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    Let’s Start At The Very Beginning, A Very Good Place To Start

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    So, I’m at the very beginning of starting a new novel. Like 152 words in. Whoo-ee. Only, say 74, 848 more words to go. No problem. I mean, I even have a title (Spinning) all picked out, so I’m on cruise control, right?

    I mean, how many of you authors out there have had somebody say to you when they find out you’re a novelist, “Yeah, I figure I’ve got a book in me, too.” I always have to fight the urge to say, sweetly of course, “Well, hell, just let it out.”

    Because, and I don’t think it’s just me (although maybe it is. If so, this post is a dud.), writing is work. Hard work. Frustrating work. But the coolest, best damn work ever. And, no, not everybody can do it. (But, then not everybody can do, say, trigonometry either. We all have our own special abilities.)

    So, here’s my plea. How do you start? (And I don’t mean this like the post I saw on a forum on a site I won’t name from somebody who asked: “Hey, I want to write an autobiography of me [Yeah. She really said that.] and I’m wondering like how to write chapters and if I should use pen or pencil.”)

    I’ve written 2+ complete books. And each one has been an adventure in itself. With the first one, All the Numbers, I knew the whole story arc. I knew the final scene from the start, so as I wrote, I was writing to get to that spot. It pulled me forward. I didn’t need no stinkin’ outline. With the second one, the one I just finished (I say, keeping my fingers crossed and making sacrifices to the publishing gods), Unexpected Grace, the ending was blurry (or completely missing) until I was about halfway through. Then, I jumped ahead, wrote the last 50 pages, and then went back to bridge the two parts. There was no way I could have written an outline.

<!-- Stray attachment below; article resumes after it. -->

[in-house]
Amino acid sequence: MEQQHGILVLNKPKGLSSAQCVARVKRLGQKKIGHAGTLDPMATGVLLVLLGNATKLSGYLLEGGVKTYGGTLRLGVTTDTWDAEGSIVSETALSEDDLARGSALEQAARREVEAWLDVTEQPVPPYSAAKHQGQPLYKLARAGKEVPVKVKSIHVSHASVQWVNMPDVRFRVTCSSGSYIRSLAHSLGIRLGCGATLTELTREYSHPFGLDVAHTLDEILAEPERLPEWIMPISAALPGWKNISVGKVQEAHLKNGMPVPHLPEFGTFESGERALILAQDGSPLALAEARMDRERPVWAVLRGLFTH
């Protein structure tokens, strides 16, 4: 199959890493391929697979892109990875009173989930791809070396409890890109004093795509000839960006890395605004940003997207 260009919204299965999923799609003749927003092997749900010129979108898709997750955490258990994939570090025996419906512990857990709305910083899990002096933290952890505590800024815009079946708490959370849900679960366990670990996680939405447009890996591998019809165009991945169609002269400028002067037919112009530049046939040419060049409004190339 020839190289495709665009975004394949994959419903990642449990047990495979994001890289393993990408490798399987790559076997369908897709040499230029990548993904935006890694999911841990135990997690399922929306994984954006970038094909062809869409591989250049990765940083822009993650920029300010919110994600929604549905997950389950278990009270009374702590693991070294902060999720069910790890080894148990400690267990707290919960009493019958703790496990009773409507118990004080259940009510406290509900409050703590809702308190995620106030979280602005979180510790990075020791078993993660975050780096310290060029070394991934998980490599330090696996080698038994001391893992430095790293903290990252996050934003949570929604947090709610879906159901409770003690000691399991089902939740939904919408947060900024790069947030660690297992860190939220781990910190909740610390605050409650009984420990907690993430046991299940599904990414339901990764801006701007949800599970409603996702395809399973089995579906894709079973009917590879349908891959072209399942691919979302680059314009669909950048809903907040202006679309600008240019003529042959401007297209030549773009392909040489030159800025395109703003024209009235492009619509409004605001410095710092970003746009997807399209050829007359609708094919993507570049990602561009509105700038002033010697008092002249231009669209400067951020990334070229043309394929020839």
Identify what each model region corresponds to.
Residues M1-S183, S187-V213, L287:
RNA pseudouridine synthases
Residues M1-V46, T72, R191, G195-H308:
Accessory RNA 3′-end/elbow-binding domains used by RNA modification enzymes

Now, with this next one (the one I’ve completed the first 152 words for, thank you very much), I’m toying around with being, dare I say it, more (deep breaths, now) organized (gasp!). I can hear anyone who’s ever seen my desk fall on the floor laughing right about now. But still. It occurs to me that since I want to weave several story lines and narrators throughout the book, it would help if I had a rough sketch. An outline of sorts. A plan.

    So, I’m wondering . . . how do you approach starting a new novel? Other than stocking up on coffee and dark chocolate?

    Um, and yeah, if you’re wondering, I’m still on a roll with killing folks. In my first book I killed a kid. In my second a whole family and a fiancé. This next one, a mom.

    ~Judy Larsen lives in St. Louis with her husband, their five kids, a sweet but stupid golden retriever, and a diabetic cat. Between loads of laundry and trips to the grocery store and veterinarian, she writes novels. Her first book, All the Numbers, was published by Ballantine in 2006. It traces a year in the life of a family that begins with the death of a child, but she likes to add that it’s ultimately redemptive. Her second novel (working title: Unexpected Grace) explores, through two generations, the choices that women are too often forced to make and the sometimes surprising ways women can change the course of their lives. Since it also delves into areas of domestic violence, her husband wants her to emphasize that it is completely fictional.

    9 Responses to “Let’s Start At The Very Beginning, A Very Good Place To Start”

    1. I used to be a very clean writer. One word after another, then ship it off. My latest process is making a mess. I write fast, write ahead. And then I start cleaning up the mess. As I clean up the mess, things change. And then I have to delete bits of the mess I’d made ahead.